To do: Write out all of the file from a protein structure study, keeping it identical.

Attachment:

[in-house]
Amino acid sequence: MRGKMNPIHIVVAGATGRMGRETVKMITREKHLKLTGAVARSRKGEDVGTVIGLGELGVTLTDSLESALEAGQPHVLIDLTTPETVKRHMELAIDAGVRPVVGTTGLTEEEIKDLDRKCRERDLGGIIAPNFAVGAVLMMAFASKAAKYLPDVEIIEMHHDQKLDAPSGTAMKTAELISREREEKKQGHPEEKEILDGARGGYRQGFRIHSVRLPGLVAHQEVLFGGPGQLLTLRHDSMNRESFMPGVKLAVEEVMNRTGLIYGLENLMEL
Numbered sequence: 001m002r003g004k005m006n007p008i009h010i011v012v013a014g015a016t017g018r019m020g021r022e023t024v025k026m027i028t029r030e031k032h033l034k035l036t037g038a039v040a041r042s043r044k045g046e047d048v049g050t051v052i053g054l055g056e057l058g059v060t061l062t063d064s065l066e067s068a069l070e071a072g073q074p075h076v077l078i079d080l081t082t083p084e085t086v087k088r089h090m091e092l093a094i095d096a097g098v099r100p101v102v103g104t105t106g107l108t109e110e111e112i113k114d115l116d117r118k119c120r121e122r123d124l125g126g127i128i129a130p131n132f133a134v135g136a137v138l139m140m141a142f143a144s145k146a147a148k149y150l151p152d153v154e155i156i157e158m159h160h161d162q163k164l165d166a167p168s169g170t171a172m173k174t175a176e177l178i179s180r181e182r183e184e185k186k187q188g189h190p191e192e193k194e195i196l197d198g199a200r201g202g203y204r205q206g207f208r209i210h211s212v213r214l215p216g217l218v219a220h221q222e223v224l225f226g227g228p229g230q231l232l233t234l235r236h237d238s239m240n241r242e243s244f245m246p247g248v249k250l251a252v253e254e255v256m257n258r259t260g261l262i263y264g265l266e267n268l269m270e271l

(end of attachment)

[in-house]
Amino acid sequence: MRGKMNPIHIVVAGATGRMGRETVKMITREKHLKLTGAVARSRKGEDVGTVIGLGELGVTLTDSLESALEAGQPHVLIDLTTPETVKRHMELAIDAGVRPVVGTTGLTEEEIKDLDRKCRERDLGGIIAPNFAVGAVLMMAFASKAAKYLPDVEIIEMHHDQKLDAPSGTAMKTAELISREREEKKQGHPEEKEILDGARGGYRQGFRIHSVRLPGLVAHQEVLFGGPGQLLTLRHDSMNRESFMPGVKLAVEEVMNRTGLIYGLENLMEL
Numbered sequence: 001m002r003g004k005m006n007p008i009h010i011v012v013a014g015a016t017g018r019m020g021r022e023t024v025k026m027i028t029r030e031k032h033l034k035l036t037g038a039v040a041r042s043r044k045g046e047d048v049g050t051v052i053g054l055g056e057l058g059v060t061l062t063d064s065l066e067s068a069l070e071a072g073q074p075h076v077l078i079d080l081t082t083p084e085t086v087k088r089h090m091e092l093a094i095d096a097g098v099r100p101v102v103g104t105t106g107l108t109e110e111e112i113k114d115l116d117r118k119c120r121e122r123d124l125g126g127i128i129a130p131n132f133a134v135g136a137v138l139m140m141a142f143a144s145k146a147a148k149y150l151p152d153v154e155i156i157e158m159h160h161d162q163k164l165d166a167p168s169g170t171a172m173k174t175a176e177l178i179s180r181e182r183e184e185k186k187q188g189h190p191e192e193k194e195i196l197d198g199a200r201g202g203y204r205q206g207f208r209i210h211s212v213r214l215p216g217l218v219a220h221q222e223v224l225f226g227g228p229g230q231l232l233t234l235r236h237d238s239m240n241r242e243s244f245m246p247g248v249k250l251a252v253e254e255v256m257n258r259t260g261l262i263y264g265l266e267n268l269m270e271l